This week series is dedicated to the Brueghel dynasty. A name of a family that became a mark of excellence in the arts and the most important group of Flemish artists working between the 16th and 17th centuries.
The family includes Pieter Brueghel the Elder, Pieter Brueghel the Younger, Jan Brueghel the Elder, Jan Brueghel the Younger, Ambrosius Brueghel, Abraham Brueghel, Jan Peter Brueghel and Jan Van Kessel.
Our focus will remain in the most important ones, and we begin by Peter Brueghel (or Bruegel) the Younger (Brussels, 1564/65 – Antwerp, 1636).
Son of Pieter Brueghel the Elder -who died when he had just five years old-, is known for numerous copies after his father through a technique called pouncing. This large scale activity was only possible thanks to his workshop.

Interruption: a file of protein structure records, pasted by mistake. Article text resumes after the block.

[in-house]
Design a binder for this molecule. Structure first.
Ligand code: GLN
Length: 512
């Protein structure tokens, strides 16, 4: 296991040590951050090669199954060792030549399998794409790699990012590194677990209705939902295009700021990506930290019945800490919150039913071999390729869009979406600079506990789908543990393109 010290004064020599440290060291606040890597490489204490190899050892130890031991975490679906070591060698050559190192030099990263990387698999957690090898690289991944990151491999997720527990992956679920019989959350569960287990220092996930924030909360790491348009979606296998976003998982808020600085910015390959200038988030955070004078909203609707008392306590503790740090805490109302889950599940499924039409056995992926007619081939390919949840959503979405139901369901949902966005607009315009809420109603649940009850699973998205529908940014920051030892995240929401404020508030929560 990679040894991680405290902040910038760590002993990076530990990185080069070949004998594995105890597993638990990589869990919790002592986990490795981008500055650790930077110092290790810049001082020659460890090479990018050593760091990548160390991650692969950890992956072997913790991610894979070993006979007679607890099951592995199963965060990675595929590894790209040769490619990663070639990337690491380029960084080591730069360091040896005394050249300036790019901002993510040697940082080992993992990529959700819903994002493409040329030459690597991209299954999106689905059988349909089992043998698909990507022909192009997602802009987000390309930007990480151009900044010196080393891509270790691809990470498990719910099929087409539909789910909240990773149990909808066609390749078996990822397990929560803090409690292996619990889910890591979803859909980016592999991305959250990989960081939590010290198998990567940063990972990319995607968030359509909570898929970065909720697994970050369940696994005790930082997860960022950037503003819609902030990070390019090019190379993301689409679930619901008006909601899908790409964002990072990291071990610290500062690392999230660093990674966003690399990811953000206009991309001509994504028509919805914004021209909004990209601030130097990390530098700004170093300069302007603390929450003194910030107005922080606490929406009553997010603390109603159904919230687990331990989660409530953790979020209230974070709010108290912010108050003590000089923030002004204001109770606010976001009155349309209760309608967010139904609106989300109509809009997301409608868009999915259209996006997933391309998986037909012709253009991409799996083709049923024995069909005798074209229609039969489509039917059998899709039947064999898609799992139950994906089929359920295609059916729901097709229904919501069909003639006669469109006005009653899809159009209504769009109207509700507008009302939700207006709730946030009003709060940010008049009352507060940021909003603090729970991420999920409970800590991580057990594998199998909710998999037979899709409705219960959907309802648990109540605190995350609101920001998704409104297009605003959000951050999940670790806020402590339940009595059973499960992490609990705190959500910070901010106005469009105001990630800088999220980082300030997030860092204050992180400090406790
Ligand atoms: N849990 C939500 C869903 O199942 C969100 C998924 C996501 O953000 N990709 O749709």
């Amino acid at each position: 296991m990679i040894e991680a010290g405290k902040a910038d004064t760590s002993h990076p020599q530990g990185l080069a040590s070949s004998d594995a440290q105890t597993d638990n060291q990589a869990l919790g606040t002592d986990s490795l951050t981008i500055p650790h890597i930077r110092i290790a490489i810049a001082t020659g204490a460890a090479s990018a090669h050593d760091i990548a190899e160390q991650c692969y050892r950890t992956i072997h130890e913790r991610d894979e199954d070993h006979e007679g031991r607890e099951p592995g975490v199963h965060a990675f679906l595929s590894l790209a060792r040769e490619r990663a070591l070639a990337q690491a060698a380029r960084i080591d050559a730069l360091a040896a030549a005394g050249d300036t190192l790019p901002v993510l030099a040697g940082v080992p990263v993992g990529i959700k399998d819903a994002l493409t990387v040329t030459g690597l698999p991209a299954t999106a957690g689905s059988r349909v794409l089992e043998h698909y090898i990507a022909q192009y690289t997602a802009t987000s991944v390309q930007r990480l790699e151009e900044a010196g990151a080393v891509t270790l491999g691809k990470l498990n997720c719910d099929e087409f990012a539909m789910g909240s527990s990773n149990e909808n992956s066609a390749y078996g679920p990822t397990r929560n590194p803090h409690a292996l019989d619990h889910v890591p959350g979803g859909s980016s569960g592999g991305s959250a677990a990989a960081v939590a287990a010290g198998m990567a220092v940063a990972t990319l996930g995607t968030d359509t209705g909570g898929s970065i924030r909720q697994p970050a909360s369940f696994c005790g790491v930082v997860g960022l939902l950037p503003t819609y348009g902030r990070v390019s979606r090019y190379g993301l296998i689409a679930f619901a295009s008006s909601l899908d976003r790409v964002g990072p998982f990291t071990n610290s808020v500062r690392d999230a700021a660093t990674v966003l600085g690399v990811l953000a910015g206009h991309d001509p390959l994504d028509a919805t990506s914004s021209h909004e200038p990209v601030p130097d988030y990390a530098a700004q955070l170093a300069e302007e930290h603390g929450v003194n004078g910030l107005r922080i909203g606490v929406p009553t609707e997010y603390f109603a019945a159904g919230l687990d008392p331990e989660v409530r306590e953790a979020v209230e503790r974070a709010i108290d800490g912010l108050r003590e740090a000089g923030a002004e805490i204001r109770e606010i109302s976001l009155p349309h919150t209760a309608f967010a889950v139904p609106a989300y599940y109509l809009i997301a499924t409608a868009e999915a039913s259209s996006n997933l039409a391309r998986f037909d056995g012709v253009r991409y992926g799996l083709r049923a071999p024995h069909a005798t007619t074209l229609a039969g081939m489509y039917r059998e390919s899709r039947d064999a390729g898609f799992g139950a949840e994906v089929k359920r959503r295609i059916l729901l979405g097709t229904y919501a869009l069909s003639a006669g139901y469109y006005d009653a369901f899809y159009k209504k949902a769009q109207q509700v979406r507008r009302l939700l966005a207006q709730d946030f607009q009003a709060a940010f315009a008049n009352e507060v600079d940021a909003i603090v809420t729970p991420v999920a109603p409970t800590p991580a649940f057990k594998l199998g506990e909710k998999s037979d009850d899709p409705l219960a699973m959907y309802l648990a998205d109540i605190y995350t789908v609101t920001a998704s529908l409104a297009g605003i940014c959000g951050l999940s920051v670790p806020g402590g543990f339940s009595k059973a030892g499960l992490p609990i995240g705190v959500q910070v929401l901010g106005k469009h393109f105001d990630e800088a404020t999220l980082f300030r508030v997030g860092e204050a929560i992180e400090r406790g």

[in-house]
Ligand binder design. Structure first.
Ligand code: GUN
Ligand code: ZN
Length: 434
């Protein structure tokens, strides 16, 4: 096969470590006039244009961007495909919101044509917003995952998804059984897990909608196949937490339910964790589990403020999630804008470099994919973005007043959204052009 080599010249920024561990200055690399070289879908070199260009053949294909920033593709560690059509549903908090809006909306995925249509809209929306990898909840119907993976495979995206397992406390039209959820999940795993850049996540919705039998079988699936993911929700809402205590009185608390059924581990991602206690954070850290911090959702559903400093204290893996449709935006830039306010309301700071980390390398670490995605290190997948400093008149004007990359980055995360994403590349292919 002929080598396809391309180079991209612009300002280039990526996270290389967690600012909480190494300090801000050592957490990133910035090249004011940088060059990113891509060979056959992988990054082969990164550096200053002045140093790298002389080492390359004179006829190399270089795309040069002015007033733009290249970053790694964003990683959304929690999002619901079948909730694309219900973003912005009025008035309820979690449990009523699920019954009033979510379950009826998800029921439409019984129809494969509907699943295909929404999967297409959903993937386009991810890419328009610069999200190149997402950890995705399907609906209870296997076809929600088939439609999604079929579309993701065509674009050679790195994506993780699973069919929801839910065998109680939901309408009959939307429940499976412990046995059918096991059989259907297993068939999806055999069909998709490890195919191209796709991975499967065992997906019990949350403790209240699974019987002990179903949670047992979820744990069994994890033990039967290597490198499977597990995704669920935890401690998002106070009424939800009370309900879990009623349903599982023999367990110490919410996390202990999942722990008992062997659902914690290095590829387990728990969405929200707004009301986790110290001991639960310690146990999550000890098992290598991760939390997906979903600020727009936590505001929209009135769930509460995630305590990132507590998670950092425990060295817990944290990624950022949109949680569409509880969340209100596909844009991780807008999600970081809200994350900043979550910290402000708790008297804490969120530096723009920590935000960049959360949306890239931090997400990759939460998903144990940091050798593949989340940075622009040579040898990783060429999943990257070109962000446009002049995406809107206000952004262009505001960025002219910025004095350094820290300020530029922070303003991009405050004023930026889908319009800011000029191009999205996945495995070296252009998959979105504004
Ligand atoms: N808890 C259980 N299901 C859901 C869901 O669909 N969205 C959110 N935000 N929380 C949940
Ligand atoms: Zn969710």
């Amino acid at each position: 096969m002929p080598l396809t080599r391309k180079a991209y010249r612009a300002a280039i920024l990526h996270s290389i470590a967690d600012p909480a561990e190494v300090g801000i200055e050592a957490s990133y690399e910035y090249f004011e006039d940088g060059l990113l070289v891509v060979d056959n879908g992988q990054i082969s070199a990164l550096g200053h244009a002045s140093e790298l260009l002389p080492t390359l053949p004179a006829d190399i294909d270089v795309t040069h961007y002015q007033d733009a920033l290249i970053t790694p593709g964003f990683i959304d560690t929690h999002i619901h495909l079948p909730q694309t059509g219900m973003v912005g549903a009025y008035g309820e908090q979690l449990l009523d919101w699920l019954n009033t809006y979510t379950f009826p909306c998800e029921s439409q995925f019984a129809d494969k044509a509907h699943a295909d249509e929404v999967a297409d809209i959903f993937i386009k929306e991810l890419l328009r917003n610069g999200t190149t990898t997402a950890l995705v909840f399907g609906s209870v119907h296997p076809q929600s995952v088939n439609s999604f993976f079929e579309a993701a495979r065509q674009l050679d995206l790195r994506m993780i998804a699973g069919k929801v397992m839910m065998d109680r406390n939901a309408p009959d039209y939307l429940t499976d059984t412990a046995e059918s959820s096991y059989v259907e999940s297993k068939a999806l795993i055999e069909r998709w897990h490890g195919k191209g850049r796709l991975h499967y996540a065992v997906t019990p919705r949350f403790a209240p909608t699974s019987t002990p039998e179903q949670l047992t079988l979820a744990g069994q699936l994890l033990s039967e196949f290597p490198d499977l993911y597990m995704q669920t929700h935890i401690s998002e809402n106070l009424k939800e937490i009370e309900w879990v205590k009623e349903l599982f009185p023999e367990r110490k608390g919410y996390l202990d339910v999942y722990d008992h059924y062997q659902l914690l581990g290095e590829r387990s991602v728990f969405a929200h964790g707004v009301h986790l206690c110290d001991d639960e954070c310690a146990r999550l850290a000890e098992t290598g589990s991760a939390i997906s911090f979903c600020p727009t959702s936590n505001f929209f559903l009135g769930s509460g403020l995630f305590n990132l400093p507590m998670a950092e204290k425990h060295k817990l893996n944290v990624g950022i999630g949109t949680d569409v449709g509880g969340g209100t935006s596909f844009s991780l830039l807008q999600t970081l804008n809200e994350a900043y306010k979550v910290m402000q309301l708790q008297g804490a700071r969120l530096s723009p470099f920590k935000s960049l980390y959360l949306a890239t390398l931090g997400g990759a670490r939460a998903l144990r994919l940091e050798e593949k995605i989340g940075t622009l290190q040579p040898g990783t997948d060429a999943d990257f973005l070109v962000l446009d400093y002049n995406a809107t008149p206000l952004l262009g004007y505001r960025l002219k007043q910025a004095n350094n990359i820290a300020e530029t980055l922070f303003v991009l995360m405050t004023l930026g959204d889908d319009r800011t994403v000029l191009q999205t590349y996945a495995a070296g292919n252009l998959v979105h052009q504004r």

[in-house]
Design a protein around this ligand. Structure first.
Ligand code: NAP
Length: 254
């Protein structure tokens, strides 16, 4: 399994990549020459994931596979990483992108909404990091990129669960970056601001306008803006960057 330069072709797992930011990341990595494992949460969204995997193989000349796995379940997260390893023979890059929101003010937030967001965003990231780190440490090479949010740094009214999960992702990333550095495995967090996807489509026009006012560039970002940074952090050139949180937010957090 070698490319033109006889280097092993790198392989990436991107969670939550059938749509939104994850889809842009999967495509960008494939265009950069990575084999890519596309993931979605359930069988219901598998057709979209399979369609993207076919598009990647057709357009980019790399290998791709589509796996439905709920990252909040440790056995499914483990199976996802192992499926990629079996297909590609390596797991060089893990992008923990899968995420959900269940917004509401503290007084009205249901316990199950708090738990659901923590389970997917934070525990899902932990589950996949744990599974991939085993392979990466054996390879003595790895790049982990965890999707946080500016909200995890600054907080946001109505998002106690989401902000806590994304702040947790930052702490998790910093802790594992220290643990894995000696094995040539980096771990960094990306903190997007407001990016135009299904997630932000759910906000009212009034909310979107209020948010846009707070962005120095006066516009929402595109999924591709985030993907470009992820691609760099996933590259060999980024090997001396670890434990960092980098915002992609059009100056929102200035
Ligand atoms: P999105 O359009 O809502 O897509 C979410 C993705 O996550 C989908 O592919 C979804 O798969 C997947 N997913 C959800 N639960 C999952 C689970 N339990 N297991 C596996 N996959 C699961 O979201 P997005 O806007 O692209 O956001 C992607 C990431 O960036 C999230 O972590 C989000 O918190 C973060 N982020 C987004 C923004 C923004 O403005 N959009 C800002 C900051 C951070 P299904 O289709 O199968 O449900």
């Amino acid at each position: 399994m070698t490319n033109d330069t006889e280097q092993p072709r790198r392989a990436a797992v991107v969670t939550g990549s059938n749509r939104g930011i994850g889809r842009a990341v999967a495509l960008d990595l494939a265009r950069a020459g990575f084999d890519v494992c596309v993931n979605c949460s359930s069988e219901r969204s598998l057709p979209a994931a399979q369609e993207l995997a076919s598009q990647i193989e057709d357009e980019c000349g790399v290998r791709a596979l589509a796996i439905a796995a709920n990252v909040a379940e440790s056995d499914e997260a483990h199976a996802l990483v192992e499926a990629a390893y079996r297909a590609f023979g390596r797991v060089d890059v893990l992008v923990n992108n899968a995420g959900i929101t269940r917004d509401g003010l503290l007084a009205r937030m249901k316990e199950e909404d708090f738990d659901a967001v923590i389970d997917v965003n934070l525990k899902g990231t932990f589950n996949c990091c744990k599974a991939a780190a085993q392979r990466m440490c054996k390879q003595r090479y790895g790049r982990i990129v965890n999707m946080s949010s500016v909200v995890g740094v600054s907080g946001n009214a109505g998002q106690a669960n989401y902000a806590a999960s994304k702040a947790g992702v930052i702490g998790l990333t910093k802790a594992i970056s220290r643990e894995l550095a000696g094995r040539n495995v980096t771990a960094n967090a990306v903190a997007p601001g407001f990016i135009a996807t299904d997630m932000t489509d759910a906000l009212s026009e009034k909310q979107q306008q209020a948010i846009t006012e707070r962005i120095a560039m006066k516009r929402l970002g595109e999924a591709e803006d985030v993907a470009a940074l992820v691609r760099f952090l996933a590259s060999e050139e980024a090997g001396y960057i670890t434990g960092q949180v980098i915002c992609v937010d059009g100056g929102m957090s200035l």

Many of the copies are held in the collections of museums such as the Hermitage, the Royal Museum of Fine Arts in Antwerp, the National Museum in Kraków, the Rheinisches Landesmuseum in Bonn. Nevertheless, his name and work were largely forgotten in the 18th and 19th centuries until he was rediscovered in the first half of the 20th century
His main themes were landscapes, religious subjects, proverbs and village scenes, mostly like his father’s.